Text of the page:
Lamprey are a kind of fish that resemble eels and are caught in the Gironde Estuary. They have an ancient lineage. The jawless fish can actually be traced back over 530 million years without any significant genetic change.
Lampreys were once reserved for kings and queens and the dish dates back to the Middle Ages. It eventually made its way to the tables of the middle class. Today lamprey à la Bordelaise is a very traditional dish found on restaurant menus around the Bordeaux area, and is consumed by locals. It is not a dish for the faint of heart, though.
It was, and still is, quite the process to catch a bottom feeder and turn it into something edible. Lampreys must be caught and hung by the head while still alive. The tail is then cut and the blood is collected. The lamprey is cooked in a kind of stew with potatoes, leeks, shallots, onions, red wine and some of the lamprey’s blood. Depending on where you have it, Armangac or Cognac may also be added to give the dish additional flavor.
Where To Find Lamproie À La Bordelaise
Lamprey have a season when they can be fished in quantity and that is from December – May. So it’s in the winter and spring when you especially see this dish on restaurant menus. And it’s much more common than you might think.
Lamprey à la bordelaise can even be found in a can so you can take it home with you. You’ll find this in the local specialty section of many local French grocery stores and on stands at markets, in December at the Marché de Noel de Bordeaux (Christmas Market) and on stands at the twice annual Brocante des Quinconces (Antique Market on Place Quinconces).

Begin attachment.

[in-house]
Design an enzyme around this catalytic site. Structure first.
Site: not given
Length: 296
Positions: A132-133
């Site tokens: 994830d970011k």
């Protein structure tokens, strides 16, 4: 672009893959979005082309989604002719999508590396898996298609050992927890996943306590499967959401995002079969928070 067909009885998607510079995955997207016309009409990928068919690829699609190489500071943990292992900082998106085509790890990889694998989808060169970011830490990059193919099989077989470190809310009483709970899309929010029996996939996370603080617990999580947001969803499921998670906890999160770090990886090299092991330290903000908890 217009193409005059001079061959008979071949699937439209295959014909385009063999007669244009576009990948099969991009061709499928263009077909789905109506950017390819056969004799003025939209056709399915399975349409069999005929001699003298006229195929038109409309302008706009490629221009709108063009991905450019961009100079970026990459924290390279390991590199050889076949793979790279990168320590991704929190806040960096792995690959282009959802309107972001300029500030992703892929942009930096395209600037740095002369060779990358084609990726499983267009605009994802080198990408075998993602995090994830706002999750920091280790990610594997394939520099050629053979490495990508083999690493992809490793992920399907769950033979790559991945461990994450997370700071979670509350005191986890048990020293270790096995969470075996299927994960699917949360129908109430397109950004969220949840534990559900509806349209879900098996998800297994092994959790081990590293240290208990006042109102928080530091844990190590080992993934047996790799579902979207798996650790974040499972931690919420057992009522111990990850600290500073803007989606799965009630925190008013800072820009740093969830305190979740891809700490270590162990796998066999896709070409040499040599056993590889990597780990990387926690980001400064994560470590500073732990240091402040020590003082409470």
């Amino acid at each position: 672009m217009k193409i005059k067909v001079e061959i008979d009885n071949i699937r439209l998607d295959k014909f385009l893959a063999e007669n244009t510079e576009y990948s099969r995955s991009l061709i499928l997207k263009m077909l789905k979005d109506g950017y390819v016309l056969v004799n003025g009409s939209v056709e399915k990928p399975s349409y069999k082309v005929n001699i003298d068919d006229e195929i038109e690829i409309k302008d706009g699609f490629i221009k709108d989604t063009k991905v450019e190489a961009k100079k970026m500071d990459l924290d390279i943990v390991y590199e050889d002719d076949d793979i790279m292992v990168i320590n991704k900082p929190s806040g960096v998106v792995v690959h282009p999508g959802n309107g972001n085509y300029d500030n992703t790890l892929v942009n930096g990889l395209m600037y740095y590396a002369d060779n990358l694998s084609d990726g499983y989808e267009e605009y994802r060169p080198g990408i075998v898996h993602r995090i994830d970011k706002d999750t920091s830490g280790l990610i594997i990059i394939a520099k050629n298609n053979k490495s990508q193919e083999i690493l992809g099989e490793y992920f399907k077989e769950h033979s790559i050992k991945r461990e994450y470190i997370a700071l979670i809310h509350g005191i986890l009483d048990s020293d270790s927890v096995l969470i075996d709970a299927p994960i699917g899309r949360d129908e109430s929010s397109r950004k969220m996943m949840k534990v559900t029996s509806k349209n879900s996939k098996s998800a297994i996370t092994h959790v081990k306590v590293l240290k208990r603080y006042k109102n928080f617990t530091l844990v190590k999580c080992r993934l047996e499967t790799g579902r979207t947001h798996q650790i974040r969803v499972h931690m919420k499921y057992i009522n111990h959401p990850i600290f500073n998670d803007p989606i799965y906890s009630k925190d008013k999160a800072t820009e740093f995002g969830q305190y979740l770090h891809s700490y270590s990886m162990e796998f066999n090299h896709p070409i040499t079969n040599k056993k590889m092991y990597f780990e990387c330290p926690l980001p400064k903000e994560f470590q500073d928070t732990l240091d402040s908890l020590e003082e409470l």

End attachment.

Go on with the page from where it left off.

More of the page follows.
There’s also a festival in Saint-Terre usually the last weekend of April each year. As the Capital of the Sea Lamprey, Saint-Terre celebrates this more than 500-million year old fish annually with animations, a flea market and, of course, lamproie à la bordelaise.
Saffron de Bordeaux
You might associate saffron with Iran, Morocco and India, but few people know that France was a significant saffron producer and exporter for several centuries. Phylloxera didn’t only kill off the vineyards; hardly any saffron was left in France after the epidemic. And that it why it is so special that saffron is actually still grown in Bordeaux.
You can even visit the Saffron de Bordeaux farm, located just 15 kilometers from Bordeaux. Saffron producers Jean Noël and Chantal Pelette welcome you to the farm to see the production, learn how to identify real saffron and for a tasting on a 1 hour 30 minute educational visit. You can also buy saffron de Bordeaux direct from their shop.
Where To Find Saffron De Bordeaux
You can get saffron de Bordeaux direct from the source at the farm located in Ambarès et Lagrave. But if you don’t have time to head out to the farm, visit the spice shop Dock des Espices at 20 Rue Saint James near the Grosse Cloche.